The United States Patent Office Commissioner granted George T. Smith a patent for the milling equipment design1 which initially produced patent flour. The invention, a “Smith washer” was first used in 1870 at a mill near Minneapolis, Minnesota. The flour produced with this equipment brought in $1.00 more a barrel more than other flour produced in the region.2
The Washburn and Pillsbury mills in Minneapolis area, invested in Smith, his processing equipment and knowledge. These mills saw their flour production quality and volume grow as interest in this new, high quality milling process began to spread.
Milled wheat flour can be categorized into four basic edible streams. These streams are defined by quality. Two of these streams are defined as patent flour and they make up the majority of the flour produced.
Of the four basic edible streams of milled flour, the first two streams are:3
- Top patent flour: The purest and most highly refined flour stream from the mill. It is about 50% of the flour yield from the batch.
- Second patent flour: The flour stream with intermediate degree of refinement; a little less endosperm and a bit more impurities (0.45% ash). It is about 35% of the flour yield from the batch.
These streams are selectively combined from different types of wheat and sifted to produce commercial grades of flour including: 4
- Bread flour: Blended from batches of hard red spring or winter wheat. It averages a protein content of 13%.
- General all purpose flour: Blended from top patent flour. Typically from milled hard spring wheat and it has a slightly lower protein content than bread flour.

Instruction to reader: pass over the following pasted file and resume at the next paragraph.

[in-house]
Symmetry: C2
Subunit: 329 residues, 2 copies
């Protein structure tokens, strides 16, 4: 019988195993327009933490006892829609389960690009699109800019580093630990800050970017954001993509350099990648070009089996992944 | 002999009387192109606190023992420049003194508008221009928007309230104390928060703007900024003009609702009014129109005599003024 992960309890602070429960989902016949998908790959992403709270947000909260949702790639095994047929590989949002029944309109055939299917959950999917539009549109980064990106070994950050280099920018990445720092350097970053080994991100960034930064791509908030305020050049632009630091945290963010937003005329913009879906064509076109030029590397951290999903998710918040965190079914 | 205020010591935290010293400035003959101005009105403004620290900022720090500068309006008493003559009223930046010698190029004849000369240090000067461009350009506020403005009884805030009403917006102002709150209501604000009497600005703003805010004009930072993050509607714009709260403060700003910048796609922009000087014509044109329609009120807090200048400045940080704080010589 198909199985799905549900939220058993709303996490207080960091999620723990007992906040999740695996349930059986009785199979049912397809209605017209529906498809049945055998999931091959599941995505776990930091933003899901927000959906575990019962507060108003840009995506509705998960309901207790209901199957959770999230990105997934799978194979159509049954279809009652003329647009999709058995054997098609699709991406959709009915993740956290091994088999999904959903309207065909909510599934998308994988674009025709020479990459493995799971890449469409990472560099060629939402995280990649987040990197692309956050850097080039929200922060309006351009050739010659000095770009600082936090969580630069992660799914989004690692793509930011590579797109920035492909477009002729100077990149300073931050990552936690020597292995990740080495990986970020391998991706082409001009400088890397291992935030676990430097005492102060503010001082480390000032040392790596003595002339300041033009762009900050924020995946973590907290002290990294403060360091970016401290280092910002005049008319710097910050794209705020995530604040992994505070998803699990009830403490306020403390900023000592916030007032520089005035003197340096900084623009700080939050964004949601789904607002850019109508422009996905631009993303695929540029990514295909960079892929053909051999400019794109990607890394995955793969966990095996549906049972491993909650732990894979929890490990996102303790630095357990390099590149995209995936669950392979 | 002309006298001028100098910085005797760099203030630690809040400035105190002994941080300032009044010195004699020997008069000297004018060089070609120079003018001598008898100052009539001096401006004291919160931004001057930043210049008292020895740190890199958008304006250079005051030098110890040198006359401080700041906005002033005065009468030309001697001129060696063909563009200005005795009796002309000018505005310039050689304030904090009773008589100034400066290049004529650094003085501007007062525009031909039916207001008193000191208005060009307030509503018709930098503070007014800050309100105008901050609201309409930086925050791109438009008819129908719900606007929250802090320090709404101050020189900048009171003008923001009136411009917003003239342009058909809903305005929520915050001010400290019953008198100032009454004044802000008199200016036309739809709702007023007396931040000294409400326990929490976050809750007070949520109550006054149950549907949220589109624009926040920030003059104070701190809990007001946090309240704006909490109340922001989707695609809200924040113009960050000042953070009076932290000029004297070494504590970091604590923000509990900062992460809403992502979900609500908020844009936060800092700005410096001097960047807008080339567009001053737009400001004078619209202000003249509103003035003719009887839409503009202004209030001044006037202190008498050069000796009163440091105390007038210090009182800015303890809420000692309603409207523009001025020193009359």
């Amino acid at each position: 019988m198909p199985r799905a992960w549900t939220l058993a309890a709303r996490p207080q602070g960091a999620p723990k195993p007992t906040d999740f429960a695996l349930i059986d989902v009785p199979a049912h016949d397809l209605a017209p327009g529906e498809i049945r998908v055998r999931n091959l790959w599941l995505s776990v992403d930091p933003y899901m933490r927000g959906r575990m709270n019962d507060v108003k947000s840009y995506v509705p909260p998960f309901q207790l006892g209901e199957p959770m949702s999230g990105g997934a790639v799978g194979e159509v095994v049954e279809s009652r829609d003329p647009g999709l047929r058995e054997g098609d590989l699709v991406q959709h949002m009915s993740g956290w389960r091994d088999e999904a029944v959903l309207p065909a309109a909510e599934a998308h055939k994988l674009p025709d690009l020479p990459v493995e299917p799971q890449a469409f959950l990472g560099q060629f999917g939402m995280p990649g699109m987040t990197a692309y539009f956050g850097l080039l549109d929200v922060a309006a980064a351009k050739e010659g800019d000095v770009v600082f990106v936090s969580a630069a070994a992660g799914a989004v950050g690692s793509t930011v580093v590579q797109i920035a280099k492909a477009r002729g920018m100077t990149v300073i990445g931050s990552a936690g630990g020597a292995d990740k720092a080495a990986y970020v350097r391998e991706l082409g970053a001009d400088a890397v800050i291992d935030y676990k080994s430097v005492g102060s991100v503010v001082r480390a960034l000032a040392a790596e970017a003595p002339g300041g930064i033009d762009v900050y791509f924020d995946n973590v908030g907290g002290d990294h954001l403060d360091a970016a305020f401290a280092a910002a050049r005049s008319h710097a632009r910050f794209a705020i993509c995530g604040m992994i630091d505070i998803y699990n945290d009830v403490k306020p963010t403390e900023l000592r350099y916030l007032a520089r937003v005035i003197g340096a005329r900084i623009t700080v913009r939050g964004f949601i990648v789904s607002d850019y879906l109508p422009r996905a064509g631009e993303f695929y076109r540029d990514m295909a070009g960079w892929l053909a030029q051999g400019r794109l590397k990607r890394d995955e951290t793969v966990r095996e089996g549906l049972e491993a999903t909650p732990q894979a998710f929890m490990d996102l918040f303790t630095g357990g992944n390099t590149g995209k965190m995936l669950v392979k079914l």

- Pastry flour: Blended from milled soft red winter wheat patent flour. It is low in protein (7-9.5%) and not bleached.
- Cake flour: It is the highest quality patent flour, short or fancy, coming from the heart of the endosperm. It is milled from soft wheat, low in protein (6-8%) and often bleached.
White flour contains mostly starch (68-76%) and protein (6-18%). It is also composed of moisture, a small amount of fat, gums and ash. Since patent flour is relatively low in ash, the mineral content and nutritional quality of patent flour is low.
Most refined white wheat flours are patent flours and, based on whether they are milled from hard or soft wheat, have a different amounts of protein. Hard wheat is high in protein and more suitable for breads. Soft wheat is low in protein and suitable for cakes. A mixture of the two varieties of flours, all purpose flour, is versatile and finds use in a variety of baked goods.
Flour is listed under the Code of Federal Regulations (21 CFR 137.105). Wheat is also one of the eight major food allergens requiring labeling as specified by FDA guidelines.
- United States Patent Office. “Commissioner’s Decisions”. Official Gazette, vol.7:1, Jan. 5, 1975.
- Smith, G. “Communications: The Origin of Patent Flour”. American Miller and Processor, 1913.Volume 41, pp. 709.
- Rodriguez-Velazquez, S. “Understanding Ingredients: Flour”. Chemistry of Cooking, https://chem.libretexts.org/Textbook_Maps/Organic_Chemistry/Book%3A_Chemistry_of_Cooking_(Rodriguez-Velazquez)/Understanding_Ingredients%3A_Flour Accessed on 21 Dec. 2018.
- Figoni, P. “Wheat. How Baking Works 2nd edition, John Wiley & Sons, 2008, New Jersey.